7 October 2015

New legislative programme 2015/2016: Important amendments within employment law

The government recently published the legislative programme for the new parliamentary year. The programme contains a re-introduction of the bill on employment clauses, which will result in a number of important amendments.

THE MINISTRY OF EMPLOYMENT'S LEGISLATIVE PROGRAMME

The new programme contains the following important bills within employment law:

  • Due to the parliamentary election, the former government's bill on employment clauses was cancelled in the spring 2015. The present government will re-introduce the bill in October 2015, see below.
  • The bill to amend the Act on the Danish Board of Equal Treatment will be re-introduced with a requirement for legal interest with the result that the Board may use its resources on the most important matters concerning equal treatment. The bill will be re-introduced in October 2015.
  • Bill to amend the Working Environment Act for the purpose of publication of the names of companies grossly violating the rules and to obtain a higher fine level. The bill will be introduced in October 2015.
  • Bill to amend the Part-Time Act ensuring correct implementation of the EU Working Time Directive. The bill will be introduced in December 2015.
  • Bill to amend the Act Concerning the Posting of Workers etc. for the purpose of implementing the EU enforcement directive. The bill will be introduced in January 2016.
  • Bill to amend the Industrial Insurance Act. The bill's purpose is to put a future agreement on the modernisation of the area into practice. The bill will be introduced in February 2016.

ACT ON EMPLOYMENT CLAUSES WILL BE RE-INTRODUCED

The bill contains the following important elements:

  • The act will apply to all employees and the rules on non-competition and non-solicitation clauses will not be limited to salaried employees.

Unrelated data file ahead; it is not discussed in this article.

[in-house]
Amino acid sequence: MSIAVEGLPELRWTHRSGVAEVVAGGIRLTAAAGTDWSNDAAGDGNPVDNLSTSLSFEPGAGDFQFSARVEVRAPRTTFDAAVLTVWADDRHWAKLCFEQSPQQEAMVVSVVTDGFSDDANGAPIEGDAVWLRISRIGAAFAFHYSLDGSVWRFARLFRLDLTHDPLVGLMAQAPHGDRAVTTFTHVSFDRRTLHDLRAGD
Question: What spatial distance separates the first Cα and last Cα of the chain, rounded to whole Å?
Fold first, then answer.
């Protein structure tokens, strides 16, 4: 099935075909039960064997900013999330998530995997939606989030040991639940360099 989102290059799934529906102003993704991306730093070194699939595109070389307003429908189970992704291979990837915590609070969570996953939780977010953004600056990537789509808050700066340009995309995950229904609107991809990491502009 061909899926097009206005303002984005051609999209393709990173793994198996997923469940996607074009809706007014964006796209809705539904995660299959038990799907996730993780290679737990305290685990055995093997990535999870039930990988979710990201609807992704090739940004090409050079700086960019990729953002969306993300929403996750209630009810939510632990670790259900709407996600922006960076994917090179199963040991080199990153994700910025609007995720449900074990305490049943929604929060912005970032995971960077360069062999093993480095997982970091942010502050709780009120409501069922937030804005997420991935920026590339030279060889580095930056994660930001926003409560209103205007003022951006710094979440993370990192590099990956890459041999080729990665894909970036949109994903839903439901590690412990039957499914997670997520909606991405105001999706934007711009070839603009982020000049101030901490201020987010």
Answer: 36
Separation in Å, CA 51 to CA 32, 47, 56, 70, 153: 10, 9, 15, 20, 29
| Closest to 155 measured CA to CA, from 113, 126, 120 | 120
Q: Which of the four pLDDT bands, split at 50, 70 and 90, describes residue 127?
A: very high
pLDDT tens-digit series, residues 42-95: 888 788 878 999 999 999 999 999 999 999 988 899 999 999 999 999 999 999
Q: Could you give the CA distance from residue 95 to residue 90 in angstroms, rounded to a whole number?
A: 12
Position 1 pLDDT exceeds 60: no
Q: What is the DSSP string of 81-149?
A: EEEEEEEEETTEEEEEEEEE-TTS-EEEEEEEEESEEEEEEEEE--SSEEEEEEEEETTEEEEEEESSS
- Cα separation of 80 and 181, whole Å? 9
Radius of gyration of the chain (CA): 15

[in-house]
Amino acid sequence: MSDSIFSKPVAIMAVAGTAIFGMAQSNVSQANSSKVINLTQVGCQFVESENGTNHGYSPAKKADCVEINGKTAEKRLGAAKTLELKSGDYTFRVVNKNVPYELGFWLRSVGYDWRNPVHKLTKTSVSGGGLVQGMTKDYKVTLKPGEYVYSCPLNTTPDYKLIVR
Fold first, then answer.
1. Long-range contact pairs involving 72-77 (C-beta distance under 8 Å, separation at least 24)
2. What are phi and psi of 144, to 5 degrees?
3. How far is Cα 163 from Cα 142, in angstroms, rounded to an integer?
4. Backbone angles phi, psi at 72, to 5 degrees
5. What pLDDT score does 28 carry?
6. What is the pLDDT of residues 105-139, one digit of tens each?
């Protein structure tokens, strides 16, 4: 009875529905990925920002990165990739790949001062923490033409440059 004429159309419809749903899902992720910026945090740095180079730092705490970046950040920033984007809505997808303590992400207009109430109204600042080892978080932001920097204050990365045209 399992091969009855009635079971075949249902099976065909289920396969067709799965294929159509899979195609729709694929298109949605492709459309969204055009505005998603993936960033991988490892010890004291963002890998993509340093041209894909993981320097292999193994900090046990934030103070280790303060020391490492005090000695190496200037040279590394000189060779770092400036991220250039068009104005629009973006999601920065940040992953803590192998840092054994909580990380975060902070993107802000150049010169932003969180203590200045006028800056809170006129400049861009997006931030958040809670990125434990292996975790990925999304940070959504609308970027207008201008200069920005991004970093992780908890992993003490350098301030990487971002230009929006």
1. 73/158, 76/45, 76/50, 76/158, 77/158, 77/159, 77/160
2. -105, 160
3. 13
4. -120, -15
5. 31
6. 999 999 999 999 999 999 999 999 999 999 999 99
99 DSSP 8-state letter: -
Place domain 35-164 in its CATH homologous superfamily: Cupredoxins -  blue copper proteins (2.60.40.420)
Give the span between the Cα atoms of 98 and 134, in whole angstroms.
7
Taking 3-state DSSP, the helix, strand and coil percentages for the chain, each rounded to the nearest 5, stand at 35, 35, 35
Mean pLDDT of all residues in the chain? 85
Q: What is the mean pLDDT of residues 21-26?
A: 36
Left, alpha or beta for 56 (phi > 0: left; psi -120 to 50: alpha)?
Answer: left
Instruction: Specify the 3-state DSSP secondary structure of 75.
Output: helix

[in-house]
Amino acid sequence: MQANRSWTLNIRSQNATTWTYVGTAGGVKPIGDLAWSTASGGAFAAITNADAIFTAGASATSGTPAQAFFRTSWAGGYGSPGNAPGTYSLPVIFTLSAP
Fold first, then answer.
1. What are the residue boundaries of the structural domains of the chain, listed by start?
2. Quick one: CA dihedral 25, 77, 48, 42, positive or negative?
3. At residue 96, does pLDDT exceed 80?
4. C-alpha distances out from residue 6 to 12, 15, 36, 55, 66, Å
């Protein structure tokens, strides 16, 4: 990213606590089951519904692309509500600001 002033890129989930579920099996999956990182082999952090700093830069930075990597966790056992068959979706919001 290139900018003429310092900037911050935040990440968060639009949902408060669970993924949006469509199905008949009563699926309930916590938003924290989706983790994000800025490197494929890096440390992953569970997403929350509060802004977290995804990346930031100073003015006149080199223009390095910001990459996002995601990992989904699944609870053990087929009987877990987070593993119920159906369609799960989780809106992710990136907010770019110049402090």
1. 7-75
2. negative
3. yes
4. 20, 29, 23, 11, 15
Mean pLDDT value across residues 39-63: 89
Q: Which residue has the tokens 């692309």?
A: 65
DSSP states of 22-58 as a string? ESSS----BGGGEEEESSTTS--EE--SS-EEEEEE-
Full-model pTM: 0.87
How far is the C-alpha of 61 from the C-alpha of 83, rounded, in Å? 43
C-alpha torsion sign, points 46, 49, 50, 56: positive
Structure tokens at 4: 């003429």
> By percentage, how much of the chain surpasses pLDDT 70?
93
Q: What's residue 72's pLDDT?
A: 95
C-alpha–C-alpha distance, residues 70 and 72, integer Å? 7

• The act will amend the rules on conclusion of non-competition and non-solicitation clauses and combined employment clauses. These amendments will result in the abolishment of sections 18 and 18a of the Salaried Employees Act and section 38 of the Contracts Act.
  • Non-competition clauses may only be concluded with employees in "very special positions of trust". The amendments will strengthen the rules as the only requirement today is that the employee holds a "position of trust".
  • Employees covered by a non-solicitation clause must receive a list of the clients/customers covered by the clause in the event of dismissal or resignation.
  • An employee cannot be bound by a non-competition or non-solicitation clause for more than 12 months from the effective date of termination.
  • If an employee is covered by both a non-competition and a non-solicitation clause (a combined employment clause), these may apply for six months from the effective date of termination.
  • The bill will introduce differentiated compensation depending on the term of the employment clause and whether the employee has obtained other appropriate work.
  • The employee is entitled to minimum compensation for the first two months payable as a lump sum. Today, minimum compensation applies to the first three months, but only in relation to non-competition clauses. The bill contains a prohibition against job clauses, but the current rules on temp agencies and business transfers will continue - without compensation. As soon as the Act on Employment Clauses comes into force, the Act on Job Clauses will be abolished.

We will, of course, keep you informed about the pre-legislative work.

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